Monthly Archives: March 2020
A Eulogy for Sue.
Sue was a person that lit up a room with her lovely, smiley face. She wore her kindness like a large fluffy, feather boa. It wrapped you up with warmth whenever you’d talk to her.
She was a classy, sassy, lovely lady and she was my friend.
Sue wore her long blonde hair up in a high bun and tied it back with a braided hairband.
She wore a lovely shade of bright coral lipstick.
Although Swansea it is in short supply of the sun (which she loved), she provided the sunshine on rainy days.
Sue was a nurse and a carer too. I never heard her moan about her work or her life. She simply took what joy she could and gave it back a hundred fold.
I will never forget your kind heart and your beautiful hugs.
And I think the world needs to hear how kind and lovely you were.
So if you are reading, know this beautiful lady’s name and raise a drink for her.
You will be missed by many.
The World is in captivity, closed in, shut down, no go.
We will paint Rainbows in our windows.
We will plant seeds in our gardens.
We will thrive on ten cups of tea a day and that forgotten pack of bourbon biscuits at the bottom of the draw in the kitchen.
We will watch the news on repeat, looping around until the information spills back out the other ear.
We will wonder what day it is, even though it isn’t Christmas.
We will stop buying.
We will stop.
Lets not go for a drive.
Came outside and stood on the doorstep with my coffee this morning.
Just the wind and an army of jackdaws claiming chimneys for nests.
The clocks have moved forward for springtime, it feels pointless. I hardly know what day it is, a bit like Christmas holidays when you’re all stuck in the house but with less chocolate, more cabin fever and a nasty virus pandemic sweeping the globe.
The death toll has risen again this morning.
I sip my coffee and wonder where I’ve put my hairbrush.
Form an orderly queue.
So currently we are allowed to only leave the house for essential supplies and as infrequently as possible. One person is allowed to go. If you are over seventy years of age, you are told to stay in the house for the next twelve weeks and also if you are in certain medical at risk groups.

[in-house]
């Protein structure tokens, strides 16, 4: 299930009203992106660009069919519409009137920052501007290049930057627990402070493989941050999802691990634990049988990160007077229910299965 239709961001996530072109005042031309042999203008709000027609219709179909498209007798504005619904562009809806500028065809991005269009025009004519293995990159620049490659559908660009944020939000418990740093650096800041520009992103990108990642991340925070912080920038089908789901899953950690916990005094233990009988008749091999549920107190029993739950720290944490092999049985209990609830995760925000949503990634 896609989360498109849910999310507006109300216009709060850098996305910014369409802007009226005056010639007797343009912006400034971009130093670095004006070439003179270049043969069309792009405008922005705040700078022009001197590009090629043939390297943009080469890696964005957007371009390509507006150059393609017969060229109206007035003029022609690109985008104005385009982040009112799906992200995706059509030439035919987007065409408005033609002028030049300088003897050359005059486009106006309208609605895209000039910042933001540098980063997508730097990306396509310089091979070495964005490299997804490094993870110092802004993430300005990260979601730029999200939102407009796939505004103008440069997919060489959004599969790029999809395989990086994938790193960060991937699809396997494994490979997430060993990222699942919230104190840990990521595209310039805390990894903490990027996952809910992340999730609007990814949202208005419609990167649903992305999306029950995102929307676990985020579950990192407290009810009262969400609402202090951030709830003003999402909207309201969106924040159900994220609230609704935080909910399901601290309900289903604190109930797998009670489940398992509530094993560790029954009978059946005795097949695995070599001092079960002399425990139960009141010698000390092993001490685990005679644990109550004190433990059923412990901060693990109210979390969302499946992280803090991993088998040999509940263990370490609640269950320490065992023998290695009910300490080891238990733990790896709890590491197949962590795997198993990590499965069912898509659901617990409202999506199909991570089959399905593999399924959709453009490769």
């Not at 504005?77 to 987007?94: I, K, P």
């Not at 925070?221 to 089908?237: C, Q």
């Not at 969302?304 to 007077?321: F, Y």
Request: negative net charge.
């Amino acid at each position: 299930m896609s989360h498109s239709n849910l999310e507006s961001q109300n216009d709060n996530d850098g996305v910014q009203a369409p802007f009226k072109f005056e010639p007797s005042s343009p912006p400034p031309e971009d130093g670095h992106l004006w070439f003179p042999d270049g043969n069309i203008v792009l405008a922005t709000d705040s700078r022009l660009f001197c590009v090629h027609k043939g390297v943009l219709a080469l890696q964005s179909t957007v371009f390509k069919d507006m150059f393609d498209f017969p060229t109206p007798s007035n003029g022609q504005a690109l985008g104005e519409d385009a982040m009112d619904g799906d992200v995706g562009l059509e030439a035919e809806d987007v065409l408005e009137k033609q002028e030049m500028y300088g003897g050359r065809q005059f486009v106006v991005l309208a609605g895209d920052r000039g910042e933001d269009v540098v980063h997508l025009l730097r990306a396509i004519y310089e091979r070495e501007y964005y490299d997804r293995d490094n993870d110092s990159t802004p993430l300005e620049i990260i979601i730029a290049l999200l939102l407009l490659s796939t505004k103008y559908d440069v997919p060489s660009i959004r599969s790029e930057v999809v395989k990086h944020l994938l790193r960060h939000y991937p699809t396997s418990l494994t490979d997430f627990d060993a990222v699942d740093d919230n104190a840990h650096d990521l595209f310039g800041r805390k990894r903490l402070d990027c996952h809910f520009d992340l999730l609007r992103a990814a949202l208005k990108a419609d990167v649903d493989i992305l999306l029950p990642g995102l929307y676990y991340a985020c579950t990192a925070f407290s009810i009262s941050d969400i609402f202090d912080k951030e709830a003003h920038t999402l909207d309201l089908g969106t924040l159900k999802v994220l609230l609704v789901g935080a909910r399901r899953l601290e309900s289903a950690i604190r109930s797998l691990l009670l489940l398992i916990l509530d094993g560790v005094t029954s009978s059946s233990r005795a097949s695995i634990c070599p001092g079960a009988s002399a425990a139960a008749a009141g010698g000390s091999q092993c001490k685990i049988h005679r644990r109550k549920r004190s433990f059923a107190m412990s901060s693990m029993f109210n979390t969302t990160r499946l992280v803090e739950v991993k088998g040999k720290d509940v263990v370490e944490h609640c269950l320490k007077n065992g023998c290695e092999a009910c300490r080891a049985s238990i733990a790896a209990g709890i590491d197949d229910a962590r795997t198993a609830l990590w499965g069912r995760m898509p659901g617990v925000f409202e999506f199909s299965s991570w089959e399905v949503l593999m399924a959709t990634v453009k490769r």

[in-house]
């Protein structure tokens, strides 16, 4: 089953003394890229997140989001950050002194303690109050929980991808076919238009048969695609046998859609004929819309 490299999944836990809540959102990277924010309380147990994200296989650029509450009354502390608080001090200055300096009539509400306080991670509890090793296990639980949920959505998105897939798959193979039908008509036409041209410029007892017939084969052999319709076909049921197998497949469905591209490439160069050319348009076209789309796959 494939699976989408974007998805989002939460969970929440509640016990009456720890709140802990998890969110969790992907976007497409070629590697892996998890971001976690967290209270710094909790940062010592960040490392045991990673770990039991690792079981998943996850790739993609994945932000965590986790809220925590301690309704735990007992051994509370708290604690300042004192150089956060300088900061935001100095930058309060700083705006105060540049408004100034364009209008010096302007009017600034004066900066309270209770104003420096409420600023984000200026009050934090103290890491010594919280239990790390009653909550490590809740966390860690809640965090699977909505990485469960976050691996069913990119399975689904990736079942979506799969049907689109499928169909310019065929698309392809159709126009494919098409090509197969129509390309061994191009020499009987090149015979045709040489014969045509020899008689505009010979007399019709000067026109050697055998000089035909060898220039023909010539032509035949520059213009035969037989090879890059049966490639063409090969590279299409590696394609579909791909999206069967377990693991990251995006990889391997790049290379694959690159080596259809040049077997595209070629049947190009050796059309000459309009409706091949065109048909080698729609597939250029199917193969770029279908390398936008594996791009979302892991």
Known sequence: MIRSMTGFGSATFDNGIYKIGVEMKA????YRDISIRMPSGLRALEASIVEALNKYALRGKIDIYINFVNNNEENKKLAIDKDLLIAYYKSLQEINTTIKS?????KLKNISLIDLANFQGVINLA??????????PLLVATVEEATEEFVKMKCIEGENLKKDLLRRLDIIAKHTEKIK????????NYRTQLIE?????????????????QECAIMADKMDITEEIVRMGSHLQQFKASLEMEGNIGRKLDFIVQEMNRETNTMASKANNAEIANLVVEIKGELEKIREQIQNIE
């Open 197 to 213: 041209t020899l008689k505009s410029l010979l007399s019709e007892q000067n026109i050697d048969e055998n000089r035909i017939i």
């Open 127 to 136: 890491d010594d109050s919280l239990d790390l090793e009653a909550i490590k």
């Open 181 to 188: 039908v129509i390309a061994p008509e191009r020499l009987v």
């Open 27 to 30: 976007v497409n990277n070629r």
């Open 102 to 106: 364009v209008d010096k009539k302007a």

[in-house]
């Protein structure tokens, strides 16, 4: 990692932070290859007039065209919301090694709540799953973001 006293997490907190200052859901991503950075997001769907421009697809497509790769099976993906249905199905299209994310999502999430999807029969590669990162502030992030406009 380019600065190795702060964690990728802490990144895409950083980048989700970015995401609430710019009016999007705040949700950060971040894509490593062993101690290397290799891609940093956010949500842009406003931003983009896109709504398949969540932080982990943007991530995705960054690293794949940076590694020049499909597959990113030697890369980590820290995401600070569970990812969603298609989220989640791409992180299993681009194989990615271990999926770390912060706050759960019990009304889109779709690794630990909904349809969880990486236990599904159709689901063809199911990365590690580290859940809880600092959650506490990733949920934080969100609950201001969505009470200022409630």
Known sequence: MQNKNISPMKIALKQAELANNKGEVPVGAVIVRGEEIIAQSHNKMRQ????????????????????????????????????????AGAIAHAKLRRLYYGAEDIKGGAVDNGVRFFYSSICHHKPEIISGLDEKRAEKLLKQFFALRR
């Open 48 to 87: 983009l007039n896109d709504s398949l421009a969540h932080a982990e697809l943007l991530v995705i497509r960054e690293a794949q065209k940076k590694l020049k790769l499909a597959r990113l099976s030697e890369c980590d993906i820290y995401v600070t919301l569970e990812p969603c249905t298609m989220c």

We managed to leave it a week so it was time to go to the supermarket, I picked my local one nearest to the house. List in hand I waited behind newly laid strips of stripey sticky tape laid out a two metre intervals in the car park.
I wore some plastic gloves, the woman in front of me wore a face mask. Another woman shouted at her young daughter to stop running up to people.
Somewhere up the line, a man coughed and everyone took a step back at the same time.,
A security guard waited outside and as one person left the shop, one was let in. It was a mixed queue of people, from women with prams and babies to elderly people. I had no judgement of these people, I am sure they all had their reasons to be here today and we all waited for our turn to go into the shop.
The shop was quiet and calm, I moved around with my basket putting in my shopping. Tins were in short supply as was bread but there was plenty of food for me to cook with and I certainly hope the panic buying has passed now as there are now strict guidelines on how many items we can buy.
The roads were quieter than I have ever seen today.
The sun still shone.
The death toll rose again.
I drove home and washed my hands.
Now clap your hands.